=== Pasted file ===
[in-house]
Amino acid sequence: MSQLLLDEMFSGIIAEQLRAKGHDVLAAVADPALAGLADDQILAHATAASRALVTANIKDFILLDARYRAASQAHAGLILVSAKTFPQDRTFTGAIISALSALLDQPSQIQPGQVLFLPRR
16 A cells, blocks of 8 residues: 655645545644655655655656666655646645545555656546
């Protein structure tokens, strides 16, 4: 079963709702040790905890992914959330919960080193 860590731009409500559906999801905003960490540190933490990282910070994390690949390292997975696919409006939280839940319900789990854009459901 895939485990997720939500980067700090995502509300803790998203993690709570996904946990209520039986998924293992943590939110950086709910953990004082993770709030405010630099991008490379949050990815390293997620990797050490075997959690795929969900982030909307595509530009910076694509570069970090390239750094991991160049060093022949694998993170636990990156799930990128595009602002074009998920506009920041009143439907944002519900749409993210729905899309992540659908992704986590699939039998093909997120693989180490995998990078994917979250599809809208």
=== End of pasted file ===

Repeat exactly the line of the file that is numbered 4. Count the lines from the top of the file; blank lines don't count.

């Protein structure tokens, strides 16, 4: 079963709702040790905890992914959330919960080193 860590731009409500559906999801905003960490540190933490990282910070994390690949390292997975696919409006939280839940319900789990854009459901 895939485990997720939500980067700090995502509300803790998203993690709570996904946990209520039986998924293992943590939110950086709910953990004082993770709030405010630099991008490379949050990815390293997620990797050490075997959690795929969900982030909307595509530009910076694509570069970090390239750094991991160049060093022949694998993170636990990156799930990128595009602002074009998920506009920041009143439907944002519900749409993210729905899309992540659908992704986590699939039998093909997120693989180490995998990078994917979250599809809208």